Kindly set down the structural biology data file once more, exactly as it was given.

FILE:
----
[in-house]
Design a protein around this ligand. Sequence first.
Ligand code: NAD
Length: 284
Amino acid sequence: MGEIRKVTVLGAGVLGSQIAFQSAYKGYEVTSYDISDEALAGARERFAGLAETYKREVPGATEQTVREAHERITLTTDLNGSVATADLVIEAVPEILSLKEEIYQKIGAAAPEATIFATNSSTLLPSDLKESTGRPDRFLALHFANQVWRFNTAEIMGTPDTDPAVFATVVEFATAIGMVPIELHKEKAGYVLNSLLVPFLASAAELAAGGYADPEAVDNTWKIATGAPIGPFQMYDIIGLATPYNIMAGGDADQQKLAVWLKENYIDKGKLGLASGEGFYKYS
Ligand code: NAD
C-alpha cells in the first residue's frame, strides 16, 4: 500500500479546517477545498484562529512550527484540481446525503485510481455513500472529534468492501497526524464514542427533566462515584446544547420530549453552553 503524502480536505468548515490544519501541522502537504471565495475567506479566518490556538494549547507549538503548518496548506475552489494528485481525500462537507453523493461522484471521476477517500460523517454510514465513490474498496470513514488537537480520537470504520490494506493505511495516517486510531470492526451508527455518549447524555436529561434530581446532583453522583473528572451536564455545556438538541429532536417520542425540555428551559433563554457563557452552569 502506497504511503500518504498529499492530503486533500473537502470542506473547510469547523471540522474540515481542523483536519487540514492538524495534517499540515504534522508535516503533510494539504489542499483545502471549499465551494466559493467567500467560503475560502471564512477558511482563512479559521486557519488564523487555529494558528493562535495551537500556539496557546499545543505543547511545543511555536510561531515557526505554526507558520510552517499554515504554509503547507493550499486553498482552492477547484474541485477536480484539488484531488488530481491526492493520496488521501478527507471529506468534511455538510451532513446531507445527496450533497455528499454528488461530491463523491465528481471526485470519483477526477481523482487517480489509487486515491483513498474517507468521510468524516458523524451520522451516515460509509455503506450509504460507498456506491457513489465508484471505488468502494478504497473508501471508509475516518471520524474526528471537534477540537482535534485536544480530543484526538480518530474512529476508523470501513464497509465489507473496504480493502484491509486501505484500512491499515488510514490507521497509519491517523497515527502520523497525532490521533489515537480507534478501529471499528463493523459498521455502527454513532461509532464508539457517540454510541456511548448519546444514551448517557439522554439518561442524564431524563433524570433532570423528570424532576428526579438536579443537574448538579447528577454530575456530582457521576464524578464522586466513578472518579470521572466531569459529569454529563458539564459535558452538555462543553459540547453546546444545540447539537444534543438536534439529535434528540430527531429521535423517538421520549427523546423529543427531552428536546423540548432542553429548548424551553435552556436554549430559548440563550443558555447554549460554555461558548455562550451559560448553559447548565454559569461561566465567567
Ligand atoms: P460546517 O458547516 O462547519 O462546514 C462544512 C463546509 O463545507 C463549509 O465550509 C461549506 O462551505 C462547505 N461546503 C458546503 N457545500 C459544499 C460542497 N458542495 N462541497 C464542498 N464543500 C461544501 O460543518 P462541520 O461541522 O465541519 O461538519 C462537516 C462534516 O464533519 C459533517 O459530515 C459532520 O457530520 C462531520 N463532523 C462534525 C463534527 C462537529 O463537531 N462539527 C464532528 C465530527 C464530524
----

[in-house]
Design a protein around this ligand. Sequence first.
Ligand code: NAD
Length: 284
Amino acid sequence: MGEIRKVTVLGAGVLGSQIAFQSAYKGYEVTSYDISDEALAGARERFAGLAETYKREVPGATEQTVREAHERITLTTDLNGSVATADLVIEAVPEILSLKEEIYQKIGAAAPEATIFATNSSTLLPSDLKESTGRPDRFLALHFANQVWRFNTAEIMGTPDTDPAVFATVVEFATAIGMVPIELHKEKAGYVLNSLLVPFLASAAELAAGGYADPEAVDNTWKIATGAPIGPFQMYDIIGLATPYNIMAGGDADQQKLAVWLKENYIDKGKLGLASGEGFYKYS
Ligand code: NAD
C-alpha cells in the first residue's frame, strides 16, 4: 500500500479546517477545498484562529512550527484540481446525503485510481455513500472529534468492501497526524464514542427533566462515584446544547420530549453552553 503524502480536505468548515490544519501541522502537504471565495475567506479566518490556538494549547507549538503548518496548506475552489494528485481525500462537507453523493461522484471521476477517500460523517454510514465513490474498496470513514488537537480520537470504520490494506493505511495516517486510531470492526451508527455518549447524555436529561434530581446532583453522583473528572451536564455545556438538541429532536417520542425540555428551559433563554457563557452552569 502506497504511503500518504498529499492530503486533500473537502470542506473547510469547523471540522474540515481542523483536519487540514492538524495534517499540515504534522508535516503533510494539504489542499483545502471549499465551494466559493467567500467560503475560502471564512477558511482563512479559521486557519488564523487555529494558528493562535495551537500556539496557546499545543505543547511545543511555536510561531515557526505554526507558520510552517499554515504554509503547507493550499486553498482552492477547484474541485477536480484539488484531488488530481491526492493520496488521501478527507471529506468534511455538510451532513446531507445527496450533497455528499454528488461530491463523491465528481471526485470519483477526477481523482487517480489509487486515491483513498474517507468521510468524516458523524451520522451516515460509509455503506450509504460507498456506491457513489465508484471505488468502494478504497473508501471508509475516518471520524474526528471537534477540537482535534485536544480530543484526538480518530474512529476508523470501513464497509465489507473496504480493502484491509486501505484500512491499515488510514490507521497509519491517523497515527502520523497525532490521533489515537480507534478501529471499528463493523459498521455502527454513532461509532464508539457517540454510541456511548448519546444514551448517557439522554439518561442524564431524563433524570433532570423528570424532576428526579438536579443537574448538579447528577454530575456530582457521576464524578464522586466513578472518579470521572466531569459529569454529563458539564459535558452538555462543553459540547453546546444545540447539537444534543438536534439529535434528540430527531429521535423517538421520549427523546423529543427531552428536546423540548432542553429548548424551553435552556436554549430559548440563550443558555447554549460554555461558548455562550451559560448553559447548565454559569461561566465567567
Ligand atoms: P460546517 O458547516 O462547519 O462546514 C462544512 C463546509 O463545507 C463549509 O465550509 C461549506 O462551505 C462547505 N461546503 C458546503 N457545500 C459544499 C460542497 N458542495 N462541497 C464542498 N464543500 C461544501 O460543518 P462541520 O461541522 O465541519 O461538519 C462537516 C462534516 O464533519 C459533517 O459530515 C459532520 O457530520 C462531520 N463532523 C462534525 C463534527 C462537529 O463537531 N462539527 C464532528 C465530527 C464530524